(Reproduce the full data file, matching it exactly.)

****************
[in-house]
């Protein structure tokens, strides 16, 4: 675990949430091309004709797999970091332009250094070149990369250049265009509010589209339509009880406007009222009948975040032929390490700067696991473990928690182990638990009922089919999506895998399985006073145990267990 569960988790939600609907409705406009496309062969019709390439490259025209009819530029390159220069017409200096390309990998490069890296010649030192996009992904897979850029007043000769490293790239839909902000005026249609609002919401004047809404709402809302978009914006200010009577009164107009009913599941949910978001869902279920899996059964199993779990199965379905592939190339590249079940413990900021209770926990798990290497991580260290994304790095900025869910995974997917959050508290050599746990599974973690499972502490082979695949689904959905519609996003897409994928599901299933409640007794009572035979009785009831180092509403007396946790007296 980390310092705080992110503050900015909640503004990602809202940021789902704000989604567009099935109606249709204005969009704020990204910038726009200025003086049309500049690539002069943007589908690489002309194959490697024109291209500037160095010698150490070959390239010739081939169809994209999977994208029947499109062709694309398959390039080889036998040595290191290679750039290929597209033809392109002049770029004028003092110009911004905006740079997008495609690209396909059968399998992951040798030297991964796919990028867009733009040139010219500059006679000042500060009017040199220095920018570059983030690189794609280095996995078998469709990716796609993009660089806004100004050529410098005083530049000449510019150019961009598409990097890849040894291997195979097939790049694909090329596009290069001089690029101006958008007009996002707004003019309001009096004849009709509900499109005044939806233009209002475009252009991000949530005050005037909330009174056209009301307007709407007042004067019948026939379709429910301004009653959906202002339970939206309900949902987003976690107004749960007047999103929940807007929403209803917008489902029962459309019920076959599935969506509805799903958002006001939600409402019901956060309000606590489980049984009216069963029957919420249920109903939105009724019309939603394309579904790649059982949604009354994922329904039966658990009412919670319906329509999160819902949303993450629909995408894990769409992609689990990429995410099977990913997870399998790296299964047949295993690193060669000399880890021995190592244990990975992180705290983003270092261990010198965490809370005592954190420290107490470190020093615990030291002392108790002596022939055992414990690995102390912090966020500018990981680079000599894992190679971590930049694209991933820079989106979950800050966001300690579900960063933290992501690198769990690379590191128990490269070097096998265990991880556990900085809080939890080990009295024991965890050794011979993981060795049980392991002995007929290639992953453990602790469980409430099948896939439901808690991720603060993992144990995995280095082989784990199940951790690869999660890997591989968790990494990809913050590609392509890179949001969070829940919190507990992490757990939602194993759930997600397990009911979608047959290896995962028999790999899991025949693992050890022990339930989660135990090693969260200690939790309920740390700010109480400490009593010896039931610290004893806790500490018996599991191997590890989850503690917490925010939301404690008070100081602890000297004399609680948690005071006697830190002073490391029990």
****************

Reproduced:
[in-house]
């Protein structure tokens, strides 16, 4: 675990949430091309004709797999970091332009250094070149990369250049265009509010589209339509009880406007009222009948975040032929390490700067696991473990928690182990638990009922089919999506895998399985006073145990267990 569960988790939600609907409705406009496309062969019709390439490259025209009819530029390159220069017409200096390309990998490069890296010649030192996009992904897979850029007043000769490293790239839909902000005026249609609002919401004047809404709402809302978009914006200010009577009164107009009913599941949910978001869902279920899996059964199993779990199965379905592939190339590249079940413990900021209770926990798990290497991580260290994304790095900025869910995974997917959050508290050599746990599974973690499972502490082979695949689904959905519609996003897409994928599901299933409640007794009572035979009785009831180092509403007396946790007296 980390310092705080992110503050900015909640503004990602809202940021789902704000989604567009099935109606249709204005969009704020990204910038726009200025003086049309500049690539002069943007589908690489002309194959490697024109291209500037160095010698150490070959390239010739081939169809994209999977994208029947499109062709694309398959390039080889036998040595290191290679750039290929597209033809392109002049770029004028003092110009911004905006740079997008495609690209396909059968399998992951040798030297991964796919990028867009733009040139010219500059006679000042500060009017040199220095920018570059983030690189794609280095996995078998469709990716796609993009660089806004100004050529410098005083530049000449510019150019961009598409990097890849040894291997195979097939790049694909090329596009290069001089690029101006958008007009996002707004003019309001009096004849009709509900499109005044939806233009209002475009252009991000949530005050005037909330009174056209009301307007709407007042004067019948026939379709429910301004009653959906202002339970939206309900949902987003976690107004749960007047999103929940807007929403209803917008489902029962459309019920076959599935969506509805799903958002006001939600409402019901956060309000606590489980049984009216069963029957919420249920109903939105009724019309939603394309579904790649059982949604009354994922329904039966658990009412919670319906329509999160819902949303993450629909995408894990769409992609689990990429995410099977990913997870399998790296299964047949295993690193060669000399880890021995190592244990990975992180705290983003270092261990010198965490809370005592954190420290107490470190020093615990030291002392108790002596022939055992414990690995102390912090966020500018990981680079000599894992190679971590930049694209991933820079989106979950800050966001300690579900960063933290992501690198769990690379590191128990490269070097096998265990991880556990900085809080939890080990009295024991965890050794011979993981060795049980392991002995007929290639992953453990602790469980409430099948896939439901808690991720603060993992144990995995280095082989784990199940951790690869999660890997591989968790990494990809913050590609392509890179949001969070829940919190507990992490757990939602194993759930997600397990009911979608047959290896995962028999790999899991025949693992050890022990339930989660135990090693969260200690939790309920740390700010109480400490009593010896039931610290004893806790500490018996599991191997590890989850503690917490925010939301404690008070100081602890000297004399609680948690005071006697830190002073490391029990």